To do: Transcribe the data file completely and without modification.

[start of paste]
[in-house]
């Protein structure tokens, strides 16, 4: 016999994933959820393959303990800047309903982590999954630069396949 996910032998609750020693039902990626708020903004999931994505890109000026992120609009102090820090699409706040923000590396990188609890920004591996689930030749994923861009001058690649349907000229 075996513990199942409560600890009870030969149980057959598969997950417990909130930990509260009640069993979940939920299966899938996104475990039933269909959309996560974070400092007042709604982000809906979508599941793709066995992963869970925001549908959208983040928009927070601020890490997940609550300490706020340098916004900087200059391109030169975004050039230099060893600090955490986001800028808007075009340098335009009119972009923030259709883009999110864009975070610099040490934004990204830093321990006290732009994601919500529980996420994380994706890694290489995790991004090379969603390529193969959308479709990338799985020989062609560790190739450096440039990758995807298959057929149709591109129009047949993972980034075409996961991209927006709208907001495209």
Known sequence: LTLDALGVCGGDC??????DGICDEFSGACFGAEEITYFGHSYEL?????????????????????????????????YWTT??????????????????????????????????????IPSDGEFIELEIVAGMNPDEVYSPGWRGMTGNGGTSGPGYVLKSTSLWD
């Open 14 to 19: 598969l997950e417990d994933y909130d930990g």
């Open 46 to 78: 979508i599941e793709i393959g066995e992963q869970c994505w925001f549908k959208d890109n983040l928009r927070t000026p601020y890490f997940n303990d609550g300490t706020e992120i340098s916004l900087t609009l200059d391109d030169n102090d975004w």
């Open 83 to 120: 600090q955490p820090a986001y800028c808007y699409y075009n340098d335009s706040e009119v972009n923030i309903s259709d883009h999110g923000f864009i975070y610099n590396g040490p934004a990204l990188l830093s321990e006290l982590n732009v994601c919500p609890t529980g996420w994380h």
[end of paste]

[in-house]
């Protein structure tokens, strides 16, 4: 016999994933959820393959303990800047309903982590999954630069396949 996910032998609750020693039902990626708020903004999931994505890109000026992120609009102090820090699409706040923000590396990188609890920004591996689930030749994923861009001058690649349907000229 075996513990199942409560600890009870030969149980057959598969997950417990909130930990509260009640069993979940939920299966899938996104475990039933269909959309996560974070400092007042709604982000809906979508599941793709066995992963869970925001549908959208983040928009927070601020890490997940609550300490706020340098916004900087200059391109030169975004050039230099060893600090955490986001800028808007075009340098335009009119972009923030259709883009999110864009975070610099040490934004990204830093321990006290732009994601919500529980996420994380994706890694290489995790991004090379969603390529193969959308479709990338799985020989062609560790190739450096440039990758995807298959057929149709591109129009047949993972980034075409996961991209927006709208907001495209």
Known sequence: LTLDALGVCGGDC??????DGICDEFSGACFGAEEITYFGHSYEL?????????????????????????????????YWTT??????????????????????????????????????IPSDGEFIELEIVAGMNPDEVYSPGWRGMTGNGGTSGPGYVLKSTSLWD
């Open 14 to 19: 598969l997950e417990d994933y909130d930990g």
């Open 46 to 78: 979508i599941e793709i393959g066995e992963q869970c994505w925001f549908k959208d890109n983040l928009r927070t000026p601020y890490f997940n303990d609550g300490t706020e992120i340098s916004l900087t609009l200059d391109d030169n102090d975004w």
């Open 83 to 120: 600090q955490p820090a986001y800028c808007y699409y075009n340098d335009s706040e009119v972009n923030i309903s259709d883009h999110g923000f864009i975070y610099n590396g040490p934004a990204l990188l830093s321990e006290l982590n732009v994601c919500p609890t529980g996420w994380h």